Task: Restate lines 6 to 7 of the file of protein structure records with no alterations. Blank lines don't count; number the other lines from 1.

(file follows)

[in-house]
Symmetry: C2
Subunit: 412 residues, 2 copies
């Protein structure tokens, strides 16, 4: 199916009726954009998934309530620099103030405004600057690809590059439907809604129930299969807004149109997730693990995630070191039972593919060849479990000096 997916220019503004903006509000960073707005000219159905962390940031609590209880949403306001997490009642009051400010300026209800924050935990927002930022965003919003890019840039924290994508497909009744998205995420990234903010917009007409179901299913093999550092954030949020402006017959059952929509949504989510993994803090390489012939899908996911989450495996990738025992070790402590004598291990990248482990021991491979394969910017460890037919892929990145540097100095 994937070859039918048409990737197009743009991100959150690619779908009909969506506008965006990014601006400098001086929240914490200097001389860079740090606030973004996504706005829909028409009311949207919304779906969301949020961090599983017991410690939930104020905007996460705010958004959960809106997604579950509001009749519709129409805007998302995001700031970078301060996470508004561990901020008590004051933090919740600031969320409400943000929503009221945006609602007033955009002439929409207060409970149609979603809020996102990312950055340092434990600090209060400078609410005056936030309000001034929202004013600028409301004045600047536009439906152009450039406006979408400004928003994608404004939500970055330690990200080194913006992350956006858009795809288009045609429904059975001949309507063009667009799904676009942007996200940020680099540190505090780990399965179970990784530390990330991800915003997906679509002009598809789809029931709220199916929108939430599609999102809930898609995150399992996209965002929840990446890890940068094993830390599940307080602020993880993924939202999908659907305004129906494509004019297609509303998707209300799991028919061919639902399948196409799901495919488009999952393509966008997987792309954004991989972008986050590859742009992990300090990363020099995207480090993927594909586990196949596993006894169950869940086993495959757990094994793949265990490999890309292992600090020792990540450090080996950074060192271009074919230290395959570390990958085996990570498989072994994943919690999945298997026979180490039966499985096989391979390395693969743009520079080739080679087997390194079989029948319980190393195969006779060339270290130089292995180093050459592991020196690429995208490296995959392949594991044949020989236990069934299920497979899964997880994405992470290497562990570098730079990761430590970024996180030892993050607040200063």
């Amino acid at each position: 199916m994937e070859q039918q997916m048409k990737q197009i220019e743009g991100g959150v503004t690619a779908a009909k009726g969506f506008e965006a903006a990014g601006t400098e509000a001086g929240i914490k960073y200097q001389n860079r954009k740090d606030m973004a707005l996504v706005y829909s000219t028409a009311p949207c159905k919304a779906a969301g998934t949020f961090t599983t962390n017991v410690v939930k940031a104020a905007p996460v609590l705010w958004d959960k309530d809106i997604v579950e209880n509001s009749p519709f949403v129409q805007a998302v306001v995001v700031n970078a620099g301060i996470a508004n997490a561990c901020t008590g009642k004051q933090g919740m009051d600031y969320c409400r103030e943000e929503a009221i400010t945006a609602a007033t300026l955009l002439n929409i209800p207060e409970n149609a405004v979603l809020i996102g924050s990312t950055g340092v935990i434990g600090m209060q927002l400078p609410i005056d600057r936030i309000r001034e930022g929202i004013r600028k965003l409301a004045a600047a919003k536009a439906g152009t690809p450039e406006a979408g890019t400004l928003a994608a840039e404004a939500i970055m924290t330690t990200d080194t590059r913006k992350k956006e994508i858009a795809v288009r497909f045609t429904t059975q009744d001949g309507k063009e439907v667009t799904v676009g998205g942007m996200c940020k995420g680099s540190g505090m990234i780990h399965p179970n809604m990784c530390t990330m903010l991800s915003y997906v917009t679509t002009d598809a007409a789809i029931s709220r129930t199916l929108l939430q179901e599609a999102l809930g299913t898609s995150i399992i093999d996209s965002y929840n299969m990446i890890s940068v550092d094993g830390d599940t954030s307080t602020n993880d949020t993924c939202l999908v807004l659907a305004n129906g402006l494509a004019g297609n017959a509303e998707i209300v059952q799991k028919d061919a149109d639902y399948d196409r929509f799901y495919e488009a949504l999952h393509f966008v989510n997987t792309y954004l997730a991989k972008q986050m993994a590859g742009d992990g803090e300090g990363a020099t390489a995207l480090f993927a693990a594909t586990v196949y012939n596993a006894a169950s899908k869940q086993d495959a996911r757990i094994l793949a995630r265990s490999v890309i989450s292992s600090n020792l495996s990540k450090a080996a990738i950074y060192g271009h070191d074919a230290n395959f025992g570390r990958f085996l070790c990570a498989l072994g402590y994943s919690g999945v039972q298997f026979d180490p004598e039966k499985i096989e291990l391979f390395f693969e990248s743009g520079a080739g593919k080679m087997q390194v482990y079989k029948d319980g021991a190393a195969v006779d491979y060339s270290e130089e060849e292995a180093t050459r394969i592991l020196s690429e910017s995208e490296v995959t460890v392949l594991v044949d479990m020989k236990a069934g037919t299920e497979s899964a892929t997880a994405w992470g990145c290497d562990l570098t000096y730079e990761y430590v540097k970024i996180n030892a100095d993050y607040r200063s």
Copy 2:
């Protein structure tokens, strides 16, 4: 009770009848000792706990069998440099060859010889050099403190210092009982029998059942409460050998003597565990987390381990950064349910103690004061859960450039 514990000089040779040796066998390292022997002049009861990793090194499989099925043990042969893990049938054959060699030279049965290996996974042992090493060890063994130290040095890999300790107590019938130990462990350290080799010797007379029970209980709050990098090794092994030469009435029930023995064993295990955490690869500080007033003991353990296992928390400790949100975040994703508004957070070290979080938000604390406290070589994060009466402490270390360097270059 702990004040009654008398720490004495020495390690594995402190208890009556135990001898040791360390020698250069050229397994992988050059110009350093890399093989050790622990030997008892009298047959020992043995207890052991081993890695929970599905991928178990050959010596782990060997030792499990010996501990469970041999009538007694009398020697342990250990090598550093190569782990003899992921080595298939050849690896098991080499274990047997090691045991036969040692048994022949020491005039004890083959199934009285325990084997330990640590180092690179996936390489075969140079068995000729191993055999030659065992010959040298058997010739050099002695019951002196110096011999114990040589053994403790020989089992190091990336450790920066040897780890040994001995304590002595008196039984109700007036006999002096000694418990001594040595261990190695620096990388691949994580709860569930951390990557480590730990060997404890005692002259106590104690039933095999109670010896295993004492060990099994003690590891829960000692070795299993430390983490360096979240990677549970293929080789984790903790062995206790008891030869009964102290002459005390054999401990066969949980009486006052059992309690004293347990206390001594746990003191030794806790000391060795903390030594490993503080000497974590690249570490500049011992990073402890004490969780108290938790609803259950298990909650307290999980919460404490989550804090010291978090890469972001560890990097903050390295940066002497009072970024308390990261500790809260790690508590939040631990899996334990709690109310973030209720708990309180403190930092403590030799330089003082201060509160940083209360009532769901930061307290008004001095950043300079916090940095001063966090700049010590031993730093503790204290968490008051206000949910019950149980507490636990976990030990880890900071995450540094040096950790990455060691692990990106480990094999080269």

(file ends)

Copy 2:
């Protein structure tokens, strides 16, 4: 009770009848000792706990069998440099060859010889050099403190210092009982029998059942409460050998003597565990987390381990950064349910103690004061859960450039 514990000089040779040796066998390292022997002049009861990793090194499989099925043990042969893990049938054959060699030279049965290996996974042992090493060890063994130290040095890999300790107590019938130990462990350290080799010797007379029970209980709050990098090794092994030469009435029930023995064993295990955490690869500080007033003991353990296992928390400790949100975040994703508004957070070290979080938000604390406290070589994060009466402490270390360097270059 702990004040009654008398720490004495020495390690594995402190208890009556135990001898040791360390020698250069050229397994992988050059110009350093890399093989050790622990030997008892009298047959020992043995207890052991081993890695929970599905991928178990050959010596782990060997030792499990010996501990469970041999009538007694009398020697342990250990090598550093190569782990003899992921080595298939050849690896098991080499274990047997090691045991036969040692048994022949020491005039004890083959199934009285325990084997330990640590180092690179996936390489075969140079068995000729191993055999030659065992010959040298058997010739050099002695019951002196110096011999114990040589053994403790020989089992190091990336450790920066040897780890040994001995304590002595008196039984109700007036006999002096000694418990001594040595261990190695620096990388691949994580709860569930951390990557480590730990060997404890005692002259106590104690039933095999109670010896295993004492060990099994003690590891829960000692070795299993430390983490360096979240990677549970293929080789984790903790062995206790008891030869009964102290002459005390054999401990066969949980009486006052059992309690004293347990206390001594746990003191030794806790000391060795903390030594490993503080000497974590690249570490500049011992990073402890004490969780108290938790609803259950298990909650307290999980919460404490989550804090010291978090890469972001560890990097903050390295940066002497009072970024308390990261500790809260790690508590939040631990899996334990709690109310973030209720708990309180403190930092403590030799330089003082201060509160940083209360009532769901930061307290008004001095950043300079916090940095001063966090700049010590031993730093503790204290968490008051206000949910019950149980507490636990976990030990880890900071995450540094040096950790990455060691692990990106480990094999080269």